Five Mechanical-Switch Keyboards: Only The Best For Your Hands

Keys: Cherry MX Blue And Others

For Word Processors and Aficionados

Cherry MX Blue Switch
Switches:Tactile with a pronounced clicking point
Switchover:Barely detectable
Distance to actuation point2 mm from starting position
4 mm Hub
Clicking point:Undetectable
Operating force:50 g, typical for spring resistance
approximately 60 g top value to overcome the switching point
Spec sheet:Link
Suitability and ApplicationThe Cherry MX Blues are very tactile switches, with a precise switching point that generates an audible, detectable click when the keys are struck. These switches are ideal for top-level word processors; they do have a slight disadvantage for the uninitiated seeking to produce multiple strikes on the same key. A relatively high noise level is another disadvantage. But once you get used to these keys, you'll never want to use any others. Rubber and plastic solutions simply can't compete.

This is fatigue-free typing at the highest level; gaming is also possible, though the relatively small offset and hard, strong transitions can be somewhat problematic. But practice makes perfect.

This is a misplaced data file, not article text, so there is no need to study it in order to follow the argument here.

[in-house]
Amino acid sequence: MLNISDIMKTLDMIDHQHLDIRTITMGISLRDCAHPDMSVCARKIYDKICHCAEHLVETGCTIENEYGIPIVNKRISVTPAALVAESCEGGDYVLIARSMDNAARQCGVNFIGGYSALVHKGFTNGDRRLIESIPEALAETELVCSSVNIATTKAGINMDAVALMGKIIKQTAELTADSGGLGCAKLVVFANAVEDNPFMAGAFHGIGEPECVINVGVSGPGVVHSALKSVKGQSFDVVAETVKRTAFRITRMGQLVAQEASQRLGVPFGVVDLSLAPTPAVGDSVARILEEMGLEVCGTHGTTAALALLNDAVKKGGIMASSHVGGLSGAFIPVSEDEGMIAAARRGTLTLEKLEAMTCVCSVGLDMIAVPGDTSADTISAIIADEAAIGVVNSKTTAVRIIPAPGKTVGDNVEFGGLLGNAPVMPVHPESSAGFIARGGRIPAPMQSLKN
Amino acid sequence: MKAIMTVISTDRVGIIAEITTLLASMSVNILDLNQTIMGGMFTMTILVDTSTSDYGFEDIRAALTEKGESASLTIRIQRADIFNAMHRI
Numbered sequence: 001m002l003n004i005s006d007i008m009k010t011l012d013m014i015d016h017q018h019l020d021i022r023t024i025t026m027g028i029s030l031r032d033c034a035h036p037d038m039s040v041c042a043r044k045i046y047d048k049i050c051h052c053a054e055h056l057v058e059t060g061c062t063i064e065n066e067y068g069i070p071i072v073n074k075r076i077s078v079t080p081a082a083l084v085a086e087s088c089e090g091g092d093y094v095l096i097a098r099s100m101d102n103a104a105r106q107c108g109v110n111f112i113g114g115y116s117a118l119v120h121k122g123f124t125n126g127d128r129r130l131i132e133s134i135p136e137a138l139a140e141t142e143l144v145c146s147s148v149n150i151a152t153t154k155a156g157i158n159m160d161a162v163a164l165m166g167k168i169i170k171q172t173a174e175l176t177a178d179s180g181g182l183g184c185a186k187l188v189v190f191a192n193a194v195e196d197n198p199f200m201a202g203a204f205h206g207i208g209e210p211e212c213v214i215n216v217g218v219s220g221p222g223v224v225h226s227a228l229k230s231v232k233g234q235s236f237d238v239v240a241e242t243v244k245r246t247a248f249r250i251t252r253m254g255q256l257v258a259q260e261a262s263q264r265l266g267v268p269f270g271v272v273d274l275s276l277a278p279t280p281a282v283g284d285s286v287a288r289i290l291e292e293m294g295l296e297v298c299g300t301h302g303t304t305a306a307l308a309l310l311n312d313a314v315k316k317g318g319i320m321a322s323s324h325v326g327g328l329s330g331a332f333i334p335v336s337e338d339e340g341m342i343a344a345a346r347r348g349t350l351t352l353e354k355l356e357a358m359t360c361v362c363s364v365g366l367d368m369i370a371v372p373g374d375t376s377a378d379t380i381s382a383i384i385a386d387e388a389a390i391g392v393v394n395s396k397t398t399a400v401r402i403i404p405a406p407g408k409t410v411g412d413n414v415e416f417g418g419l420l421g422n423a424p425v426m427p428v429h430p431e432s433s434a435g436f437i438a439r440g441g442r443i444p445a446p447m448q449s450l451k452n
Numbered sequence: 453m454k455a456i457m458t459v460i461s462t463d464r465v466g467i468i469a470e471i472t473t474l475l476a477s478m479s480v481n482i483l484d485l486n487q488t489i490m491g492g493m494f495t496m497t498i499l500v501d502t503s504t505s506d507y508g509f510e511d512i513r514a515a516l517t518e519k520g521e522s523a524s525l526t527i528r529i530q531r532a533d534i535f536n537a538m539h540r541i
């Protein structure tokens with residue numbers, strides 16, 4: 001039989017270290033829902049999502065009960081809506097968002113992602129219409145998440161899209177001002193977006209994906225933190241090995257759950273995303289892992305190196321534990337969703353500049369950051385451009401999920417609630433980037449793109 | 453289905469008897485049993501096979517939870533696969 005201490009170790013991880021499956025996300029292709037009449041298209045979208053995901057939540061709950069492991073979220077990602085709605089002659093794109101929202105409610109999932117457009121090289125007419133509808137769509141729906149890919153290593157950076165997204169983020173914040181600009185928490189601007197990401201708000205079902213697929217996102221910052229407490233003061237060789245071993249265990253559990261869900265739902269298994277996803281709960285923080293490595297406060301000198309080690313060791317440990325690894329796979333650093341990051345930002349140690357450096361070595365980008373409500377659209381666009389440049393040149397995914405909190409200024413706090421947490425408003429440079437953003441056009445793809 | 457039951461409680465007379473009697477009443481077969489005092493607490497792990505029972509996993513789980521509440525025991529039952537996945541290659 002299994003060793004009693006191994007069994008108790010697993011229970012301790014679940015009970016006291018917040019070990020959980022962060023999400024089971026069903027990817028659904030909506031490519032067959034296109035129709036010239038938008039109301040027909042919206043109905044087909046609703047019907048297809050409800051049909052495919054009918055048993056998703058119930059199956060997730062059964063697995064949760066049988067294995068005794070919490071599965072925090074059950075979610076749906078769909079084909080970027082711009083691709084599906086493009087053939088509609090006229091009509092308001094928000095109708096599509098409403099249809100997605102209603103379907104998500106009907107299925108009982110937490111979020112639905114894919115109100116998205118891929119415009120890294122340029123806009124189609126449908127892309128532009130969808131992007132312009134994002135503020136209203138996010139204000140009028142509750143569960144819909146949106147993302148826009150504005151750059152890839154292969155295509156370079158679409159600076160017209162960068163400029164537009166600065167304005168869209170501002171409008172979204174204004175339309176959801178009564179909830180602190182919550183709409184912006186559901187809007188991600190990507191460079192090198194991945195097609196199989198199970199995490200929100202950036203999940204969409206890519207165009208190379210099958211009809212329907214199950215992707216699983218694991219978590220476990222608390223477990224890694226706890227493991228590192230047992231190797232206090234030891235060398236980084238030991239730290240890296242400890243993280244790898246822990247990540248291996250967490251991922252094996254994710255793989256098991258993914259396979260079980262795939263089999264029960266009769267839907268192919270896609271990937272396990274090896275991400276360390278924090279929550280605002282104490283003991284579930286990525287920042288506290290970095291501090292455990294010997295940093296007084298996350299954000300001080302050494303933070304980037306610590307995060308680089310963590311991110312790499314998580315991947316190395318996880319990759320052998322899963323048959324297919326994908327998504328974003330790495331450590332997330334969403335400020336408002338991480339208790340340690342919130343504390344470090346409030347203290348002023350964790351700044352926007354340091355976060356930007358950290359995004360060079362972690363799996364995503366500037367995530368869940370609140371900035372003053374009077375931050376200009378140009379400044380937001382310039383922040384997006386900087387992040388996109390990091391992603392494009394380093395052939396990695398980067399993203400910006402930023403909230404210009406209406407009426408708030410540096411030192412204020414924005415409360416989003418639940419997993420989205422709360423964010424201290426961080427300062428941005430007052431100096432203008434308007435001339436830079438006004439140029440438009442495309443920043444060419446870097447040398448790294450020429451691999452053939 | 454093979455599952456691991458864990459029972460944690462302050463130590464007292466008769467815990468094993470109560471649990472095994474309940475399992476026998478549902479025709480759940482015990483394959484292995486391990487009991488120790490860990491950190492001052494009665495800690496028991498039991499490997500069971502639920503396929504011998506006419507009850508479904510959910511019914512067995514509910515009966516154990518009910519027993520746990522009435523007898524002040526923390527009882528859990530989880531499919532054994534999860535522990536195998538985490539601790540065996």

This is the Ione X-Armor U9BL with illuminated Cherry MX Blue keys. It’s legendarily fast, but unfortunately also legendarily loud and expensive. Nevertheless, this is the first choice for writers and semi-professional gamers. This device is not (yet) available in some markets, despite a promising model run.

Other Mechanical Switches

Of course the world is not made of Cherry switches, so we want to mention some others for the sake of completeness. However, since these models are not currently popular or commercially available in many developed countries, we will not go into the same degree of detail.

Bent Spring

Topre (tactile-capable)

White Alps (Tactile and Click)

Black Alps (tactile-only)